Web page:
With small slide below Interlaken, soggy March brings landslide concerns

An unbelievably soggy March has neighbors in the sloping areas on the north of Capitol Hill worried about landslides.

A small slide closed 14th Ave E between Boyer and Lynn to through traffic Saturday morning. With continuing rains, you can expect to see more mud.

March has already reached its average rainfall totals following weeks of even wetter than usual weather around Seattle.

CHS has reported on small slides over the years and concerns about the slopes of northern Capitol Hill and around Interlaken Park. Our nature writer documented the landslide risk of the area in 2014 including the Hill’s geologic past of glacial till and water-pooling clay:

Then we come in. The grade is altered, creating new faults. Hills are denuded of trees, which hold slopes and mitigate flooding. Barriers to natural water flow diverts it toward unforeseen consequences. People understandably want views and build on cliffs, changing the loads on hills. Generally things more even more unstable. West Capitol Hill, Interlaken, North Capitol Hill. Slides every decade going back in our modern record. I won’t tally the slides in Hill history — that would take too long.

For the most part, recent slides have been mostly limited in damage. In 2011, cracks from the sliding hillside forced an indefinite closure of Interlaken Drive. It reopened after repairs five months later.

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2 thoughts on “With small slide below Interlaken, soggy March brings landslide concerns

  1. Was tempted to almost buy a house at the top of Interlaken. No one wants to disclose slide activity when they sell, or they use vague terms about ECA. Ultimately hired a geoengeering company who advised me entire garden might slide in 20yrs, and was marked as high risk by city. Provided report to seller, who refused to disclose to other buyers.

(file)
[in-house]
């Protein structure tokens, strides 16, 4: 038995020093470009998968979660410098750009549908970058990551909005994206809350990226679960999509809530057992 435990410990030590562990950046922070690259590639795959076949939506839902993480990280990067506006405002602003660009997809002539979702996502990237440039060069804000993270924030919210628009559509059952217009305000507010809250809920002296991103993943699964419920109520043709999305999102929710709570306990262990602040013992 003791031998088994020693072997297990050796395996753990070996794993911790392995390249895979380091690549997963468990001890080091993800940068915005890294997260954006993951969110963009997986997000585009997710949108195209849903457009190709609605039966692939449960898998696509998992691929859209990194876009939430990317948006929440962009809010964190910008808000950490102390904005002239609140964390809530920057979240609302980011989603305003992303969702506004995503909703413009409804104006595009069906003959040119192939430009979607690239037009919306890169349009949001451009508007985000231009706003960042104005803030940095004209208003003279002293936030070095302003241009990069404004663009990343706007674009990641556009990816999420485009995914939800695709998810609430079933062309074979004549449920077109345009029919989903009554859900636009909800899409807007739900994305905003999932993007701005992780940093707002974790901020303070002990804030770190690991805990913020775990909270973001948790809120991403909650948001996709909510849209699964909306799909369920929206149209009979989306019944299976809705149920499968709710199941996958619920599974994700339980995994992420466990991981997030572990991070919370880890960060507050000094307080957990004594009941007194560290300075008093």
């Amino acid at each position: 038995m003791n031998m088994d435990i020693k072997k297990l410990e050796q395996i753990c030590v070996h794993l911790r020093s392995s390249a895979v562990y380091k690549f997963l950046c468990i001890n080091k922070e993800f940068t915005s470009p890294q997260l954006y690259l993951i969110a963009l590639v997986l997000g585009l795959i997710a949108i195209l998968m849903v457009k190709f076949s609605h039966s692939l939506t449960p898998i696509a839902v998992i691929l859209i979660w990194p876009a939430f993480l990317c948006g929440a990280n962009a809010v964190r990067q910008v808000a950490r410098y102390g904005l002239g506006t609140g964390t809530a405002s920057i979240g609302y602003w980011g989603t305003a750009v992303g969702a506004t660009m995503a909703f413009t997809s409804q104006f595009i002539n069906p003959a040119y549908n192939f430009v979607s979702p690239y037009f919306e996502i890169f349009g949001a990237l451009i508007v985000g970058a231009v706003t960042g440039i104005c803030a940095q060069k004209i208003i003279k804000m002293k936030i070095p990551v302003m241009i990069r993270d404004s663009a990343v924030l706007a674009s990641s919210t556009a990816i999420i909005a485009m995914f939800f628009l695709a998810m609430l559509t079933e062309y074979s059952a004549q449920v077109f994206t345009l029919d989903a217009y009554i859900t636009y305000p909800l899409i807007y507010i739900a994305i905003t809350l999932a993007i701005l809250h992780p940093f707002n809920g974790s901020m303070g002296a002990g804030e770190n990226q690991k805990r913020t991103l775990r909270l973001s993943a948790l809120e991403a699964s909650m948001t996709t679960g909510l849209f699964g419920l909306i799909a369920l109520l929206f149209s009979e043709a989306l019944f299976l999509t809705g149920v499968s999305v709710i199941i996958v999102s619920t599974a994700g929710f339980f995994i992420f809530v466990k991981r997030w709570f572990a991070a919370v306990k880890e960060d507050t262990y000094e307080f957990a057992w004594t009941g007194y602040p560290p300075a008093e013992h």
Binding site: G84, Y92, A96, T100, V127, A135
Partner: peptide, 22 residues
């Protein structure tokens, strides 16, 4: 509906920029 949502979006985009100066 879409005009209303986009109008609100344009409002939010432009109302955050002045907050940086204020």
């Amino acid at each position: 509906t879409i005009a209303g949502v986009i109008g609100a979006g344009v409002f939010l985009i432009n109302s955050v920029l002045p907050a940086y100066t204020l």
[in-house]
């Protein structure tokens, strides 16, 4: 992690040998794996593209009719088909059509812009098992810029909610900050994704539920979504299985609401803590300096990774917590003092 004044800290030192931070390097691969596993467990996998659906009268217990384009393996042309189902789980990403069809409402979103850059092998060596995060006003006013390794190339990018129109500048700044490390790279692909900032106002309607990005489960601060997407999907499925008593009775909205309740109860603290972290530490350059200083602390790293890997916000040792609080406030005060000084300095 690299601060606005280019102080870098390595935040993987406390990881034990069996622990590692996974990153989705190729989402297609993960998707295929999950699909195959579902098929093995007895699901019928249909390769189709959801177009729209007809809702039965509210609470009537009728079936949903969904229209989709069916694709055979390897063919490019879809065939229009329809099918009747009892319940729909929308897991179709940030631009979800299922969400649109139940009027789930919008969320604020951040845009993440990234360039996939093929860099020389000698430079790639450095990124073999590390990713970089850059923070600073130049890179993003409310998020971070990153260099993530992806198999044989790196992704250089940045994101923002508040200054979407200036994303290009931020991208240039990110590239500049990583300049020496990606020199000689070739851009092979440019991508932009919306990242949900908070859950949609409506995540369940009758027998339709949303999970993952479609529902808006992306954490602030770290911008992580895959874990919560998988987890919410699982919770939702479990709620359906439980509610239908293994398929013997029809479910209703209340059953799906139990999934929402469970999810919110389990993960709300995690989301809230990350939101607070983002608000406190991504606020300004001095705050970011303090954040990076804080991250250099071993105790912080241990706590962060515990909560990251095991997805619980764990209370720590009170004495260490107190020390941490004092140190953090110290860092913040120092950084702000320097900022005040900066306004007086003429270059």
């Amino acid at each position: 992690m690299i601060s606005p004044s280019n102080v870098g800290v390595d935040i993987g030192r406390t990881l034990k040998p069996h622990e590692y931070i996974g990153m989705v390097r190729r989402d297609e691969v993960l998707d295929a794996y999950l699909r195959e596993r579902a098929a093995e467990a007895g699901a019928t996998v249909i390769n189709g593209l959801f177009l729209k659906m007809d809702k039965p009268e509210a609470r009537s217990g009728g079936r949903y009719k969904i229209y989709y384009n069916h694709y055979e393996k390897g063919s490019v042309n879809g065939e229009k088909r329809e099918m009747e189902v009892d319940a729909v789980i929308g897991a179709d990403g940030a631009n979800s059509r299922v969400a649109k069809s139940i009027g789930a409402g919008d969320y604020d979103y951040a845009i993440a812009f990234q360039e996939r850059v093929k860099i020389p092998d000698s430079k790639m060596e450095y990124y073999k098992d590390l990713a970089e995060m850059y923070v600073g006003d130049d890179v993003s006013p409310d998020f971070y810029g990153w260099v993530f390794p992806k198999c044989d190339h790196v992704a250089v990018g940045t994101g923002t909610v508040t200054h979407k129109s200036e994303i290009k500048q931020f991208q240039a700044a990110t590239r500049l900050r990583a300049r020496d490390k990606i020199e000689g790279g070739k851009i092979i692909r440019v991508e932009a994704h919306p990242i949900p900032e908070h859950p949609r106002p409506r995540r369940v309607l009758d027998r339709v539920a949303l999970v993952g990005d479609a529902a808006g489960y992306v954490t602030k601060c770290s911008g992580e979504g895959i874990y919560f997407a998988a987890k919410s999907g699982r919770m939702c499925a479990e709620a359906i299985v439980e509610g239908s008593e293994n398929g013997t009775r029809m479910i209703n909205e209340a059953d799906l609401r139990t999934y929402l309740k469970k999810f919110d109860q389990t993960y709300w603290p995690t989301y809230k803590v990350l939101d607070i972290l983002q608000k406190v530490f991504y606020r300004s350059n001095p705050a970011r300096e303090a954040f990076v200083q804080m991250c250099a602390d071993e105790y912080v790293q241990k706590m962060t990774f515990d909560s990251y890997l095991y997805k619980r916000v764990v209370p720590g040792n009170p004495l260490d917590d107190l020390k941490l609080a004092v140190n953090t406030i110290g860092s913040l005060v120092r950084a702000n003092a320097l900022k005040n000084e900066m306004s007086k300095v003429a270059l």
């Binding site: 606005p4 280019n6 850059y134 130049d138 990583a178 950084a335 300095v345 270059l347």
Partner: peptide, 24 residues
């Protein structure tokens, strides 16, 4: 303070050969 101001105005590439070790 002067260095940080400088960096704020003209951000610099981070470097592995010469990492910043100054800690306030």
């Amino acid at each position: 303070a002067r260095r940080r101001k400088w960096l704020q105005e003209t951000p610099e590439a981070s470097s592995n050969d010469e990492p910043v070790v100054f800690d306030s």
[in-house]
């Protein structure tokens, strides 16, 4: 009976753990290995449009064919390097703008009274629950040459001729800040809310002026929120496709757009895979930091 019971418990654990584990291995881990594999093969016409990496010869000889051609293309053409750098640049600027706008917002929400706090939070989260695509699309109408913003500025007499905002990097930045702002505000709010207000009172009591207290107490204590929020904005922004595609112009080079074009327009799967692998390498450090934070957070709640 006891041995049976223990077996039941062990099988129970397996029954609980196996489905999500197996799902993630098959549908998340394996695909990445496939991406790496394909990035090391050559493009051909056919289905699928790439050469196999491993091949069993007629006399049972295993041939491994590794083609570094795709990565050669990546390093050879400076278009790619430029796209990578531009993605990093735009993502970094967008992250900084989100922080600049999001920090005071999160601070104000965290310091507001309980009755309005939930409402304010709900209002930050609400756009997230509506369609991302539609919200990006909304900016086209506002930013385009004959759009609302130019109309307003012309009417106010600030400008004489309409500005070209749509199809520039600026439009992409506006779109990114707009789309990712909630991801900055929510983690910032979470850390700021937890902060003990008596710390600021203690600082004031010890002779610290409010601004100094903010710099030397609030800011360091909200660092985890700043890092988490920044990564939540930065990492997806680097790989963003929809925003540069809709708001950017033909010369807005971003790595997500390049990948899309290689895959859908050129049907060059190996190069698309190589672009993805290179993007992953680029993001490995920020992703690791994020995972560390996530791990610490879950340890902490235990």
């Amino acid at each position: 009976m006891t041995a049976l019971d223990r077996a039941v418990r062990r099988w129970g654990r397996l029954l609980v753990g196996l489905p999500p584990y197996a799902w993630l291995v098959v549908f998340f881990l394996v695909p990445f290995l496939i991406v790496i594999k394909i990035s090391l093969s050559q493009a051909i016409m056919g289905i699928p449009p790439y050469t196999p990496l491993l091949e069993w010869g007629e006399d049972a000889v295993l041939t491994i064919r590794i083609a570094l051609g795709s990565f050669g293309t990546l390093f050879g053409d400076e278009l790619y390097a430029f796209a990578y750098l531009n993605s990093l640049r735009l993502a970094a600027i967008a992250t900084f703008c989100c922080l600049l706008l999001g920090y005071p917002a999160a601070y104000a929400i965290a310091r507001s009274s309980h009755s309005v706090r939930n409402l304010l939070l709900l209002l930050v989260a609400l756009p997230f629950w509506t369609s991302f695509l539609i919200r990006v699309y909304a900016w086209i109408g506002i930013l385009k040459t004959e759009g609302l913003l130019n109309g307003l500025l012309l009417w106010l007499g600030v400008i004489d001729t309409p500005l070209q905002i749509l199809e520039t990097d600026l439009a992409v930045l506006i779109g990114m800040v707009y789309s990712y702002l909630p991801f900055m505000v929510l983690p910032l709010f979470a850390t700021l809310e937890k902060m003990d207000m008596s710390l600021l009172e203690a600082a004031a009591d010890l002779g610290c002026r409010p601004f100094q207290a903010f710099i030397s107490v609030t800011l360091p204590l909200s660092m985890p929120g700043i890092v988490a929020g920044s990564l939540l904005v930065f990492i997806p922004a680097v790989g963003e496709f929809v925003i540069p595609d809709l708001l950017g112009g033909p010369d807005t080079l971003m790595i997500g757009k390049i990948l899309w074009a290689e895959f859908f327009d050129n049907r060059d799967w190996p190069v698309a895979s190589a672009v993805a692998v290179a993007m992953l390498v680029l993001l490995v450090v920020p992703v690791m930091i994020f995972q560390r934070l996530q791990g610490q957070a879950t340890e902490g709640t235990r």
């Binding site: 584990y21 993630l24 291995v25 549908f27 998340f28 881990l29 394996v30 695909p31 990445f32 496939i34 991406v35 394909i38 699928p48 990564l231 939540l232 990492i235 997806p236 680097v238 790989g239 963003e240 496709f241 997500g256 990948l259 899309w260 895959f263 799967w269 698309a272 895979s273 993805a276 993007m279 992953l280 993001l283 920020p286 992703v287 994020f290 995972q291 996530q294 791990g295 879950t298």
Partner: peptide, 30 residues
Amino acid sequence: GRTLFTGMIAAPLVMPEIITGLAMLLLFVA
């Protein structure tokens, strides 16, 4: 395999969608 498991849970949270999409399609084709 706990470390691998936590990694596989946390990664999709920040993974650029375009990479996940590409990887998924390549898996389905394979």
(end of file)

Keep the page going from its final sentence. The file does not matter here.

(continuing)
The whole area is unstable, and any steep slope is ultimately impossible to secure. Buyer beware !

  2. Not a big surprise. Interlaken Blvd was closed to cars for what – half a year or more just below the Hebrew Academy a few years ago because of slide concerns. The city finally decided it was staying put and (to my great sadness as a bicycle commuter) reopened it, but I wouldn’t be surprised with all the recent rain that it might be on the move again – there was a pretty nice sized gap that opened in the blacktop the last time.

    It’s actually surprising that it doesn’t happen more often… the soil is so loose around here – they used water and hoses to sluice the bluffs down the hill to downtown 100 and bit years ago… I grew up in hill Pittsburgh, but it was a lot of rock.. take a shovel there and you’d hit something solid a few inches down (or at least it always seemed to feel that way…) There you only had to worry if your house was built over top of an old coal mine… Believe you me, when we were looking at houses here, not being located on or below a bluff was certainly a factor. We also looked at the bowl down there in the upper part of Madison Valley – my first thought was I’ll bet the basements here are wet every time it rains… though I never imagined that it could be as tragic as it turned out to be.

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